A rightwing Italian newspaper was on Saturday giving away free copies of Adolf Hitler's anti-Semitic manifesto "Mein Kampf" in a move which sparked both shock and condemnation.
"Know it in order to reject it" was the justification given by conservative tabloid Il Giornale, which is owned by Paolo Berlusconi, brother of former premier Silvio Berlusconi.
Italian Prime Minister Matteo Renzi quickly denounced the initiative on Twitter, writing: "I find it sordid that an Italian daily is giving away Hitler's 'Mein Kampf'. I embrace the Jewish community with affection. #neveragain"
It was also denounced by Italy's 30,000-strong Jewish community, which is one of the oldest in Europe.
"It is a vile act, light years away from any in-depth learning or study about the Holocaust," said Renzo Gattegna, president of the Union of Italian Jewish Communities, describing the initiative as "indecent".
Explaining the move, Il Giornale said it was an attempt to educate.
"Reading 'Mein Kampf' is a real antidote to the toxicity of national-socialism," said the paper which published a 1937 version of the manifesto containing annotations by the historian Francesco Perfetti.
It said the text was being freely distributed alongside the first of a series of eight history books on the Nazi Third Reich which would be sold with the paper.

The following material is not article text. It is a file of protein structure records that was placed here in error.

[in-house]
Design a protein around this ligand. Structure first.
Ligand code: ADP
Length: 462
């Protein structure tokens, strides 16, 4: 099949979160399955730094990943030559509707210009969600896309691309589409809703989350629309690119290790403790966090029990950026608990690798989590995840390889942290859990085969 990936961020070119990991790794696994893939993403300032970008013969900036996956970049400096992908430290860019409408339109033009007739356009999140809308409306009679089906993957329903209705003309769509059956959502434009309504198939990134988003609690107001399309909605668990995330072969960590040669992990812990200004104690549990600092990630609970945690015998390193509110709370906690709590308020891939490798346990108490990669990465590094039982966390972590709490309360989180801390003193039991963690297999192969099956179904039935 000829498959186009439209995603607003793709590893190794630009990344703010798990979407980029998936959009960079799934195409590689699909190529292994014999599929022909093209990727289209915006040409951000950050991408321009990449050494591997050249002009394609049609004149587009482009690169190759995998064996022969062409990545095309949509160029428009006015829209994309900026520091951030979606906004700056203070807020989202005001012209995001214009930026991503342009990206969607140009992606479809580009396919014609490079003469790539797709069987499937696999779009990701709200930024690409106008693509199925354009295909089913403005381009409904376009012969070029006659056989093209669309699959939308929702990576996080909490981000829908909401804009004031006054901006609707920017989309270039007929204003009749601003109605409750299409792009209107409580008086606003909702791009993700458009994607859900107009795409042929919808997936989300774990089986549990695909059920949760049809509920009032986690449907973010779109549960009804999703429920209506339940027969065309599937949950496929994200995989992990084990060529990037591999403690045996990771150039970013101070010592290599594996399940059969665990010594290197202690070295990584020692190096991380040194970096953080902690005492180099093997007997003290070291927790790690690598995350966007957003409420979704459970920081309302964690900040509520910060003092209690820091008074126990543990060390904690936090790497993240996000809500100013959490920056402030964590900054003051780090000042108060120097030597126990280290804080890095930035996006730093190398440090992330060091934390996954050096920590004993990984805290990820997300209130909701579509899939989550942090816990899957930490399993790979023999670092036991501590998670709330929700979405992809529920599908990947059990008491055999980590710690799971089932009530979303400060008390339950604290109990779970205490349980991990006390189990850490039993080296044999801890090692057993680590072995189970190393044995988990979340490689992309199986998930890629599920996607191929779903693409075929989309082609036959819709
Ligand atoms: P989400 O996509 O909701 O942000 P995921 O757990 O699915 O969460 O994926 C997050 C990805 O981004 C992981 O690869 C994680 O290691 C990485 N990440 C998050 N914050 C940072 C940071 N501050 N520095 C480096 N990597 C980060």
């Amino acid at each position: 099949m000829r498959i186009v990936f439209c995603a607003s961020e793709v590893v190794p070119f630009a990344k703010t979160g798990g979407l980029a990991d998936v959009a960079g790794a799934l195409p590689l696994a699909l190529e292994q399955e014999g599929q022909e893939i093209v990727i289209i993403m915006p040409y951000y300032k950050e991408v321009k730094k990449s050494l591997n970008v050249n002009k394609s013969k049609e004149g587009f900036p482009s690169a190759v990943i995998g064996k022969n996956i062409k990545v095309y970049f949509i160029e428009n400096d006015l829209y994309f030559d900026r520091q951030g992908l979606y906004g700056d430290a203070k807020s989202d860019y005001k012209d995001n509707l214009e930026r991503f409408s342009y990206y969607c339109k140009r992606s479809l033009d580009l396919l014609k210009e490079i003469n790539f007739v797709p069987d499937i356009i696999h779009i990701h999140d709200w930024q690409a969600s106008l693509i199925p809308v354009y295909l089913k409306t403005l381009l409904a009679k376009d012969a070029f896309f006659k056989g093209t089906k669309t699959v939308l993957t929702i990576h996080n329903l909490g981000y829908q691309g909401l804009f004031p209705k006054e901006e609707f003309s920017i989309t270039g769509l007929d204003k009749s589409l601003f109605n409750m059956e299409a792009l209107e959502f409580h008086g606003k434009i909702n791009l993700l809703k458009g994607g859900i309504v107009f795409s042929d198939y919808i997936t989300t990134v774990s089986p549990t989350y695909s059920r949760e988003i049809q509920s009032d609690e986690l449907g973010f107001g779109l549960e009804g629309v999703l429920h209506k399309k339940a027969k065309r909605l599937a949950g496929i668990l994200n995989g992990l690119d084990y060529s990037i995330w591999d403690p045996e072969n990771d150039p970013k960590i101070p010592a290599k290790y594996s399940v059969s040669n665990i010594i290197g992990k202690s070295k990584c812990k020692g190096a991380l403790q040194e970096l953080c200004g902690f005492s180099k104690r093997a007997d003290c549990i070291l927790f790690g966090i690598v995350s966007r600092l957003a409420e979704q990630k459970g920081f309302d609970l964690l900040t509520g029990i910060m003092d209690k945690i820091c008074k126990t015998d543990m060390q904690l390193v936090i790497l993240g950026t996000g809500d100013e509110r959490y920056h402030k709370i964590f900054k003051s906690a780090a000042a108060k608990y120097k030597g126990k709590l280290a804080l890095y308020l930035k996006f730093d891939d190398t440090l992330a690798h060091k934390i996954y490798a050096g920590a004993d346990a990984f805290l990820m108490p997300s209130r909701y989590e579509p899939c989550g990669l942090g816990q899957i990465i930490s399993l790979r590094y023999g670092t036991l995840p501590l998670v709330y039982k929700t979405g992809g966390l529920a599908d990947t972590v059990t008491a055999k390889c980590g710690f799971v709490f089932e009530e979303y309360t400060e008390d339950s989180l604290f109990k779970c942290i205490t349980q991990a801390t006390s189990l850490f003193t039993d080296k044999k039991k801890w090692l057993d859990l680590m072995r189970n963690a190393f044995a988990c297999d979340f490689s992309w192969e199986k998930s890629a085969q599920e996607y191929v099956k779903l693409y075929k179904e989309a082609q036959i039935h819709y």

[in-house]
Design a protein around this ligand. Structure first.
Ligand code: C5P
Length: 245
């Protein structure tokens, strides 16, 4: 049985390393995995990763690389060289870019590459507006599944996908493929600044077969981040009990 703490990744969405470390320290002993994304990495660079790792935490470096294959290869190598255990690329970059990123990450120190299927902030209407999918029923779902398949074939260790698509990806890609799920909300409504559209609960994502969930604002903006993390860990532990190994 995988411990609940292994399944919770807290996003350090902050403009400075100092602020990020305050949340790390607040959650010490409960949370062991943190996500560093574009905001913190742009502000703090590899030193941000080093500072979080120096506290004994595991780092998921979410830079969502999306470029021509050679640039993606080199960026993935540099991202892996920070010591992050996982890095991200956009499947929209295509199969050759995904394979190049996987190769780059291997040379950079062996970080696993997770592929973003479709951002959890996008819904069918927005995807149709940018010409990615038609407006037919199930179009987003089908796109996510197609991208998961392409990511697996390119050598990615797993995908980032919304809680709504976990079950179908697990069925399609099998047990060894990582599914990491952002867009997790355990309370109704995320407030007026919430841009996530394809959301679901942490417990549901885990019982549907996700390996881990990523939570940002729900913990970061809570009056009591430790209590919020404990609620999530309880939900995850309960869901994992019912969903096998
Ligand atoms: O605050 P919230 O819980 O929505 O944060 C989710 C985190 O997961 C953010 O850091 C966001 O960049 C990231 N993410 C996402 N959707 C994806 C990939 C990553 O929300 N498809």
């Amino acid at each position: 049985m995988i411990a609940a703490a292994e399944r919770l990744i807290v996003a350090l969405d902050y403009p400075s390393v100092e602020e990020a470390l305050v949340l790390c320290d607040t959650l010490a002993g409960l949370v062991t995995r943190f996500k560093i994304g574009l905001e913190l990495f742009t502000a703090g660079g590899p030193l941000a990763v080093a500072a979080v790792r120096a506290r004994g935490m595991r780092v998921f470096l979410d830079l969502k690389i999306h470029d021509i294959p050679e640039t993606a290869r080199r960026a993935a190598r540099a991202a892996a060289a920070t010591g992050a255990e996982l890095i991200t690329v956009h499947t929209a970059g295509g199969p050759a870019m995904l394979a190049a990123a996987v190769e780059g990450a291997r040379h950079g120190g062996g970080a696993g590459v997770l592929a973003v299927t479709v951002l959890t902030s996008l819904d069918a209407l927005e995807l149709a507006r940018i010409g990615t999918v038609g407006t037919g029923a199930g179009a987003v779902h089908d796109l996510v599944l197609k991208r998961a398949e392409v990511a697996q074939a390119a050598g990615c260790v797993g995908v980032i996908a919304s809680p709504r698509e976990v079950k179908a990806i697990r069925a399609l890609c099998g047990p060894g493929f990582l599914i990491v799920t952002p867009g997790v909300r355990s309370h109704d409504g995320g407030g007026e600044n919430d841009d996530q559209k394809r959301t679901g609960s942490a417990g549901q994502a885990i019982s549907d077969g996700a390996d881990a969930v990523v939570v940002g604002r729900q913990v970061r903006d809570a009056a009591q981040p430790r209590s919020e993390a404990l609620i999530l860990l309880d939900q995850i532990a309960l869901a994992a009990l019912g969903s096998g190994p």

Partly autobiographical, "Mein Kampf" -- which means "My Struggle" -- outlines Hitler's ideology that formed the basis for Nazism. Written in 1924, it sets out his hatred of Jews which led to the Holocaust in which about six million of them were murdered at the hands of Nazi Germany.
For 70 years, the German state of Bavaria which was handed copyright of the book in 1945, refused to allow it to be republished out of respect for the victims of the Nazis and to prevent incitement of hatred.
But "Mein Kampf" fell into the public domain on January 1 this year, when a special edition was published for the first time since World War II which included critical annotations by historians.
Known for its rightwing positions, notably over the question of immigration, Il Giornale has a circulation of around 200,000. Neither the paper nor its owners are suspected of harbouring anti-Semitic views.
Anything touching on national-socialism is particularly sensitive in Italy due to the alliance between the fascist regime of Benito Mussolini and Hitler.